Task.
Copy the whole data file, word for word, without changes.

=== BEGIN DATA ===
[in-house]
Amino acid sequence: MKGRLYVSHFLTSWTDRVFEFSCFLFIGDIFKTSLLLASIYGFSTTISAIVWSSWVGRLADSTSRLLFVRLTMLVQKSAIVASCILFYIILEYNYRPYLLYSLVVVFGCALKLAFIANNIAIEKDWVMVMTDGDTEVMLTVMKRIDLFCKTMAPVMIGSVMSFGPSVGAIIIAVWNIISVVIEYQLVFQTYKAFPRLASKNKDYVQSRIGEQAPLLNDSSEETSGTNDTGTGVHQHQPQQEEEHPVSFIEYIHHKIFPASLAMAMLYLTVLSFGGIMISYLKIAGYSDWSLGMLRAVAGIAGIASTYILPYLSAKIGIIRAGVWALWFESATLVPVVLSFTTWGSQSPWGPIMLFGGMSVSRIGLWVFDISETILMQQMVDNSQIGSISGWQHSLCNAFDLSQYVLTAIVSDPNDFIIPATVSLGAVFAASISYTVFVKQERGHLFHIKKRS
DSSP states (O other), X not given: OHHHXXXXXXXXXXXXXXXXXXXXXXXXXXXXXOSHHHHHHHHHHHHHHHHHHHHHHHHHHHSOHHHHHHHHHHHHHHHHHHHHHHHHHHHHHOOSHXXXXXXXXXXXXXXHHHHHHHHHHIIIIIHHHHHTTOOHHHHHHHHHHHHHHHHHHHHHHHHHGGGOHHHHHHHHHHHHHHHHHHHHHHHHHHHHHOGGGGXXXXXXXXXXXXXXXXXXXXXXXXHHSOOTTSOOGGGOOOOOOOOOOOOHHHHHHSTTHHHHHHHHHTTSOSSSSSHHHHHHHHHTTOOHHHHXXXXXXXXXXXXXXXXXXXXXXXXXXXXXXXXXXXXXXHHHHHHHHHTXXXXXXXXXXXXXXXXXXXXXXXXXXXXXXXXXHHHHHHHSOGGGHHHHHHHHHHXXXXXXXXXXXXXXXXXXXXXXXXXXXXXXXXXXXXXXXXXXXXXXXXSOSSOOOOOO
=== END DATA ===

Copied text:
[in-house]
Amino acid sequence: MKGRLYVSHFLTSWTDRVFEFSCFLFIGDIFKTSLLLASIYGFSTTISAIVWSSWVGRLADSTSRLLFVRLTMLVQKSAIVASCILFYIILEYNYRPYLLYSLVVVFGCALKLAFIANNIAIEKDWVMVMTDGDTEVMLTVMKRIDLFCKTMAPVMIGSVMSFGPSVGAIIIAVWNIISVVIEYQLVFQTYKAFPRLASKNKDYVQSRIGEQAPLLNDSSEETSGTNDTGTGVHQHQPQQEEEHPVSFIEYIHHKIFPASLAMAMLYLTVLSFGGIMISYLKIAGYSDWSLGMLRAVAGIAGIASTYILPYLSAKIGIIRAGVWALWFESATLVPVVLSFTTWGSQSPWGPIMLFGGMSVSRIGLWVFDISETILMQQMVDNSQIGSISGWQHSLCNAFDLSQYVLTAIVSDPNDFIIPATVSLGAVFAASISYTVFVKQERGHLFHIKKRS
DSSP states (O other), X not given: OHHHXXXXXXXXXXXXXXXXXXXXXXXXXXXXXOSHHHHHHHHHHHHHHHHHHHHHHHHHHHSOHHHHHHHHHHHHHHHHHHHHHHHHHHHHHOOSHXXXXXXXXXXXXXXHHHHHHHHHHIIIIIHHHHHTTOOHHHHHHHHHHHHHHHHHHHHHHHHHGGGOHHHHHHHHHHHHHHHHHHHHHHHHHHHHHOGGGGXXXXXXXXXXXXXXXXXXXXXXXXHHSOOTTSOOGGGOOOOOOOOOOOOHHHHHHSTTHHHHHHHHHTTSOSSSSSHHHHHHHHHTTOOHHHHXXXXXXXXXXXXXXXXXXXXXXXXXXXXXXXXXXXXXXHHHHHHHHHTXXXXXXXXXXXXXXXXXXXXXXXXXXXXXXXXXHHHHHHHSOGGGHHHHHHHHHHXXXXXXXXXXXXXXXXXXXXXXXXXXXXXXXXXXXXXXXXXXXXXXXXSOSSOOOOOO